The Call for Pets: pet shelters are becoming empty as coronavirus cases continue to rise

Recently, it seems as if someone really needs to search to find something positive during these hard times. One thing that appears to be running low this year is pets. The people that live in the cities that have been hit the hardest by coronavirus are fostering or adopting pets relatively quicker than before the pandemic. 

Animal shelters and advocacy organizations have been completely shocked at how much support they have been receiving. With there being a 70 percent rise in animals being fostered nationwide, employees, families and even the pets are adding something positive and joyful to their year.

Design By: Caroline Andress

One specific shelter in California has completely emptied their cages. A non-profit organization, Muttville, is owned by Sherri Franklin. She rescues elderly dogs who are scheduled to be euthanized at other shelters. Franklin’s goal is to find these older dogs a loving and fun family for their last bit of life. After deciding to close down her facility for health safety reasons, she and other employees moved all the dogs into their own homes. Surprisingly, this raised awareness within the community and made its way through social media.

California citizens have really upheld this program and dogs began making their way to their new homes. If pets were not adopted, they were fostered and then, out of adoration, most likely adopted. Applications to do so came into the organization just as fast as they were handed out. There were over 100 applications submitted, with 135 dogs eventually being adopted.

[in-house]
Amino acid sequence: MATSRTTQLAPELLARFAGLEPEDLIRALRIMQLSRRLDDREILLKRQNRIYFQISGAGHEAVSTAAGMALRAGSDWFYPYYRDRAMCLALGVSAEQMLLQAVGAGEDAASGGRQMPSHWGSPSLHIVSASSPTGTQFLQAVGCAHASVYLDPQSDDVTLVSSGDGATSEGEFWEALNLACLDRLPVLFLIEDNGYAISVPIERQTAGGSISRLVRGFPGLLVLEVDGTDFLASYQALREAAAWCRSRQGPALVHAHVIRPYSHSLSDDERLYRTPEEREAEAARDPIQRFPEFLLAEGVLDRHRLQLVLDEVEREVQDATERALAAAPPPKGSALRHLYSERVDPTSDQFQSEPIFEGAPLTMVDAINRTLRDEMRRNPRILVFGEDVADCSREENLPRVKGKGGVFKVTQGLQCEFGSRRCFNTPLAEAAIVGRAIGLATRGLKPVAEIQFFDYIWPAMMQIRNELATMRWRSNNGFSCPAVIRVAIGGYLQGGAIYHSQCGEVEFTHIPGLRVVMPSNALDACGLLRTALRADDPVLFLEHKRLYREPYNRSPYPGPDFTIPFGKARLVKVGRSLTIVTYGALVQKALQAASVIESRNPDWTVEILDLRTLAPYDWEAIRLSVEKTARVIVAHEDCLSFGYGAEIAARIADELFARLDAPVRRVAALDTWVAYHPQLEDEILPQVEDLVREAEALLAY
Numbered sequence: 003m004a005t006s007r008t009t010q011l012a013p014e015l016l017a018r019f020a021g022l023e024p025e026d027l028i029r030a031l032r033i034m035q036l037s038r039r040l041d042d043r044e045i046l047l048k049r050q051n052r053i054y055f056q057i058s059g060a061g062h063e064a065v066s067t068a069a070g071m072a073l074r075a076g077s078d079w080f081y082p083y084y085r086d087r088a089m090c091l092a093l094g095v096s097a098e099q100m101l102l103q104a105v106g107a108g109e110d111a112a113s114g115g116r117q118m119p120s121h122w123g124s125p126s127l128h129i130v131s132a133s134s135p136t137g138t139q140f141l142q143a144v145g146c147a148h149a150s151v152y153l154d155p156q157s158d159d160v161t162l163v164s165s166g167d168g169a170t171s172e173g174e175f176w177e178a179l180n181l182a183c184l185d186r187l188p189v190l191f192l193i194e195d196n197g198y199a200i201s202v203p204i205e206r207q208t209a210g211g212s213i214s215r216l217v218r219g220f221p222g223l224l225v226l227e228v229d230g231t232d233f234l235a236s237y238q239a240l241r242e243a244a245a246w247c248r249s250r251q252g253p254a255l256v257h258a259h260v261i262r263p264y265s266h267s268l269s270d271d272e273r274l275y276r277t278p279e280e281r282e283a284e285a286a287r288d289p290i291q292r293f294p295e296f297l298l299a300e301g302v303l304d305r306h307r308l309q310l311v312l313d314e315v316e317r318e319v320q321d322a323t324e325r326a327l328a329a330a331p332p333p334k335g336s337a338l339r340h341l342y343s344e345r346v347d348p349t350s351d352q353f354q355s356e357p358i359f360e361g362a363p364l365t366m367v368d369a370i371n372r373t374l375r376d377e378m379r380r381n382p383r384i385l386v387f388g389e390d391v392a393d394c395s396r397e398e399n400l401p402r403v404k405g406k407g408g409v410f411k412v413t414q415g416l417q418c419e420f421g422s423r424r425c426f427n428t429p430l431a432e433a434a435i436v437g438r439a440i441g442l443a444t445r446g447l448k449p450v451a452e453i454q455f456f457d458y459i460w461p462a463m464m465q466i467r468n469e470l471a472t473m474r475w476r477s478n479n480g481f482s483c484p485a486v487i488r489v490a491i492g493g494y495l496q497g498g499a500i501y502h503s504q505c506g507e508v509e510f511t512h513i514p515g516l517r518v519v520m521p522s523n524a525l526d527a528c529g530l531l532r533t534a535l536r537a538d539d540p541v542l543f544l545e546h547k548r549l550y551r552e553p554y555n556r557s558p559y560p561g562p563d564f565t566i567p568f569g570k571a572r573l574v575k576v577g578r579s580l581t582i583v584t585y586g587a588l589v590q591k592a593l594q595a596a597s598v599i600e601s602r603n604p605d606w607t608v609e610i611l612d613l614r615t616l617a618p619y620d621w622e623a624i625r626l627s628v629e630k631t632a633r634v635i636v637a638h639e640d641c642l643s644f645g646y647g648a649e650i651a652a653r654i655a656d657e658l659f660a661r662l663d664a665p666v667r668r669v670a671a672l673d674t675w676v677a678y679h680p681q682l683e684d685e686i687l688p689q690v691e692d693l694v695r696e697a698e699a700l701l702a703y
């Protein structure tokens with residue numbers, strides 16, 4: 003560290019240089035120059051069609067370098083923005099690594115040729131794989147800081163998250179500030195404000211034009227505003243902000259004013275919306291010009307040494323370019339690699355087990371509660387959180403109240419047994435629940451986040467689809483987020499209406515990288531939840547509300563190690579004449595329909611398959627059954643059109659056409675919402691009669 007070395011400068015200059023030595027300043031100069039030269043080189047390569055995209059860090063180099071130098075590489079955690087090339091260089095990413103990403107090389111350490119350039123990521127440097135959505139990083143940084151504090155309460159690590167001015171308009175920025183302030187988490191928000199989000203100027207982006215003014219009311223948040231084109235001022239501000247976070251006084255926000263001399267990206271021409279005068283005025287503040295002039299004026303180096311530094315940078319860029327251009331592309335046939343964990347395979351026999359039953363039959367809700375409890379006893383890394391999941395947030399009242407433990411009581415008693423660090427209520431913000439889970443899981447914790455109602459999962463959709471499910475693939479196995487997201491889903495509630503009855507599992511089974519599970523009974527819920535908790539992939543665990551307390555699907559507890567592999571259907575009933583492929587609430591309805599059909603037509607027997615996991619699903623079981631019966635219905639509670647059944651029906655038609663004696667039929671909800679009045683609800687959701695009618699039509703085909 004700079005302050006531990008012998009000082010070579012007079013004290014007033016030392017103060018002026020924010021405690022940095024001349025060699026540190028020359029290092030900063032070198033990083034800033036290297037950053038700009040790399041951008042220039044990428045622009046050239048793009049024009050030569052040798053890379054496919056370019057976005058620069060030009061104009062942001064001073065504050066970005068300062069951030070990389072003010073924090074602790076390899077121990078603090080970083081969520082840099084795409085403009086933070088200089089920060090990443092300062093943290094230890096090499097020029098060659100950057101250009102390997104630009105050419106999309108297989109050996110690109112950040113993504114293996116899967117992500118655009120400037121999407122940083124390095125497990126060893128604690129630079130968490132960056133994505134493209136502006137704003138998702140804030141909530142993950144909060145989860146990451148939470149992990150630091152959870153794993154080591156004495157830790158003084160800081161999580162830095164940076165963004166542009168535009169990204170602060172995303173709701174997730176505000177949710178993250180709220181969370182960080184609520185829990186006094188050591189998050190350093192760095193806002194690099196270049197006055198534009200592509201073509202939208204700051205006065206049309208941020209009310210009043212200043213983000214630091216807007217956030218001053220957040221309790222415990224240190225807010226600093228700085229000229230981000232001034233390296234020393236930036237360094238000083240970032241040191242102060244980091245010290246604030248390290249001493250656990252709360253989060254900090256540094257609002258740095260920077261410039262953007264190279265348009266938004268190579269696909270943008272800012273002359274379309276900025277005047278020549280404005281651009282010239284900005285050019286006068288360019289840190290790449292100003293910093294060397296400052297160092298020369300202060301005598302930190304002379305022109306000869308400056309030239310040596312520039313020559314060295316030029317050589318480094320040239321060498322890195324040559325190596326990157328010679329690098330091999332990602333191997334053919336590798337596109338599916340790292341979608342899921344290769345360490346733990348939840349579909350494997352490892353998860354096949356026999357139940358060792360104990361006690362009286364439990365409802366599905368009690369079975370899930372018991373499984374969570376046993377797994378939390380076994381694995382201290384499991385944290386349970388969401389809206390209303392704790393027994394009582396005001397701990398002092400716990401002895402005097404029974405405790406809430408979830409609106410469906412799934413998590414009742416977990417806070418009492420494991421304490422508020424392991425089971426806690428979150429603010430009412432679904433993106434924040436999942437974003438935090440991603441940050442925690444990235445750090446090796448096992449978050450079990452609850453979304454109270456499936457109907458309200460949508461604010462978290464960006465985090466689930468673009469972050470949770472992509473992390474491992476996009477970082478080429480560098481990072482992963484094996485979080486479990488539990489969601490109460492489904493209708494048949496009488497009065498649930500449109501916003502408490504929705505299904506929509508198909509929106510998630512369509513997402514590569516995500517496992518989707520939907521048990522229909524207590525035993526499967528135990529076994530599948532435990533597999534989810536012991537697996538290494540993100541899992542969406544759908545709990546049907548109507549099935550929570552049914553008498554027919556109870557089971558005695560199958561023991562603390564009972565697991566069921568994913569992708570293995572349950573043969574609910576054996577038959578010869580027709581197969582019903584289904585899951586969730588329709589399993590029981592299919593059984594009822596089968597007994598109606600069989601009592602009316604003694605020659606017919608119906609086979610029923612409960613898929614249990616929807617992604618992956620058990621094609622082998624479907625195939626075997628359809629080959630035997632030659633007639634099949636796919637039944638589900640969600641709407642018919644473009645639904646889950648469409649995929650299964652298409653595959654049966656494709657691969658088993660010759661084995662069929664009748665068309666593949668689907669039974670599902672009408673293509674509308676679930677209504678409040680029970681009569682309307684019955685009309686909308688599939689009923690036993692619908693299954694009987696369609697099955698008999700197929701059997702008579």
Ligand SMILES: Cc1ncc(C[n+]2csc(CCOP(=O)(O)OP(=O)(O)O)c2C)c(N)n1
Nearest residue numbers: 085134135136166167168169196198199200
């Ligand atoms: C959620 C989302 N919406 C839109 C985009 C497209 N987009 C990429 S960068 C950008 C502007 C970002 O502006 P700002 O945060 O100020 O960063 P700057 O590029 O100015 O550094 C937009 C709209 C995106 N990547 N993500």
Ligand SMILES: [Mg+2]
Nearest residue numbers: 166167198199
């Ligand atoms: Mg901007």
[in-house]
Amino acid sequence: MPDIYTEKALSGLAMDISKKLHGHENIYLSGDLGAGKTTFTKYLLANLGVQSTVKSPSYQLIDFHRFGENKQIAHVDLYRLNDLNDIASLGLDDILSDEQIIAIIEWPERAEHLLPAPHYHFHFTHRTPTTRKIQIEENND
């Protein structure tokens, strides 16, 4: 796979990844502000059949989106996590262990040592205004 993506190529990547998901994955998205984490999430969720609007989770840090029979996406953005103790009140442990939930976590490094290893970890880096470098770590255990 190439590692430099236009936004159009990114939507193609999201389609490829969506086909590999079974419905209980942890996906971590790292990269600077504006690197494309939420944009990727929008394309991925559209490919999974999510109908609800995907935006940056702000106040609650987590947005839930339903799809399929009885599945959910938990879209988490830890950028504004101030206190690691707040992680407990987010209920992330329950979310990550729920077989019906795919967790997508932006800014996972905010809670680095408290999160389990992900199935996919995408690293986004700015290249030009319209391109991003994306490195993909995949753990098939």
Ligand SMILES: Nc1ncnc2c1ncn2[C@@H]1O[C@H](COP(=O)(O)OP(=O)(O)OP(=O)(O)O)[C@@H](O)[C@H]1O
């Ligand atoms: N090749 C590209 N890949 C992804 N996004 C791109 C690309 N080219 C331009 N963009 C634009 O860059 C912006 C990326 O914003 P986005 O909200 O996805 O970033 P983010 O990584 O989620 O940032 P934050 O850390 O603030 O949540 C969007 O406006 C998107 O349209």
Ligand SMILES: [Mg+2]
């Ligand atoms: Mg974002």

A concern that not only rose with Franklin’s organization but with the people themselves, was the safety risk. When the virus started to escalate, shelters and adoption centers began looking after their customers and their animals. They would bathe the animals very well and anything that was provided to the new household was deep cleaned. Each business followed social distancing to the best of their ability and kept cages, food bowls, water bowls and leashes cleaned. In addition to these safety measures, the new owners would get to meet their pets via Zoom. This way they are able to see a little bit of their personality without breaking any guidelines.  

The dogs and cats that are being adopted or fostered out provide a certain sense of comfort and continuity. The cheerful new additions to these people’s homes take the focus away from the negative news happening in the world, creating a happier life for everyone.